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Fake News in the Service of Post-Truth Belarus

The fate of the Independent Institute for Socio-Economic and Political Studies emphasizes the need to protect the few remaining independent sources of information in the country.  

by Peter Gross 6 April 2017

Until the crackdown on dissent that unrolled last month, Belarus had been flirting with Western Europe, which had reciprocated in an attempt to reduce Russian influence in the country. Such realpolitik has seldom done any good, however, and especially in light of recent events, the West should instead increase its support for democratization and enhanced freedom of the press, both languishing in the dungeons of authoritarianism.

 

In mid-2016, President Alyaksandr Lukashenka, dubbed Europe’s “last dictator”– an increasingly inaccurate label given the line of candidates who appear eager to wield absolute authority – publicly discredited the 25-year-old Independent Institute for Socio-Economic and Political Studies (IISEPS). The institute had already been forced out of the country in 2005, re-establishing itself in neighboring Lithuania.

 

Last year, IISEPS’ continued survey work in Belarus on a number of socio-political issues led to one of those show trials favored by the Soviets, this time in the form of a television program – “Primate IISEPS,” which was aired on Belarus state-run TV in August. The essence of the broadcast was the revelation by Yevgenii Kovalev, head of the network of IISEPS pollsters, that the institute’s survey results had over the years been “tailored to the desires” of Western donors.

 

This is a glaring example of fake news in the service of a society living in a post-truth world since 1922 when it became a constituent republic of the Soviet Union. The irony, of course, is that a dramatic reduction in funds is challenging IISEPS’ continued existence.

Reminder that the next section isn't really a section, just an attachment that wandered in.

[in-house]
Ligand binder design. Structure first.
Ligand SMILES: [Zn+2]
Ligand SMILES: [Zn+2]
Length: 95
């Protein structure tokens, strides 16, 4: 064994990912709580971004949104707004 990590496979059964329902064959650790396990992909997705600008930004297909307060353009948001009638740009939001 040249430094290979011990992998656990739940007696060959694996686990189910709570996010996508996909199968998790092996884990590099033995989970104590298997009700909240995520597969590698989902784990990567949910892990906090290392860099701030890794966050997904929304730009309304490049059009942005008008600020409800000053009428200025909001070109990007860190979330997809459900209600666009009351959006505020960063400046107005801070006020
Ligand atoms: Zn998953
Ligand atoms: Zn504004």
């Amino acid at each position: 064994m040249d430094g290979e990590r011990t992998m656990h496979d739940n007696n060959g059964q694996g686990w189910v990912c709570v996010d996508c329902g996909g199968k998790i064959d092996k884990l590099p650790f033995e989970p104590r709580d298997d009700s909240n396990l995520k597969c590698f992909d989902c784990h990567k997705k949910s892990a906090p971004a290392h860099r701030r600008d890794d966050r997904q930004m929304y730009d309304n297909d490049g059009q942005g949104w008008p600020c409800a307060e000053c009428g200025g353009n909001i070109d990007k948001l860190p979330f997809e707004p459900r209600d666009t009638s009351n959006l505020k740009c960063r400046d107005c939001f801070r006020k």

Oleg Manaev, founder and head of IISEPS and a former professor of sociology at Belarus State University, denies the allegations. He told me that Kovalev’s “confession” was a result of him being “broken by the repressive machine” of the regime. If he could re-connect with Kovalev, he would “thank him again for [his] effective work for IISEPS under very hostile circumstances, [and] for our long-lasting friendship … Of course, I'd like to know how he was forced to state what he has stated, but I understand it is impossible while he lives in Belarus.”    

 

Refutations are not always effective even when they come from credible professionals like Manaev, who has himself been harassed, arrested by the Minsk riot police, and interrogated 10 times over the past two decades by the office of the General Prosecutor and the Supreme Court. Knowing this, Manaev brought the case to the World Association for Public Opinion Research (WAPOR). After examining the available information on the charges of data fabrication and “missing or inadequate information regarding fieldwork (e.g. interviewers’ identification, routes, and response rates),” WAPOR issued a statement on 20 December 2016, unequivocally announcing it had “uncovered no evidence of data fabrication that would have been orchestrated by IISEPS.”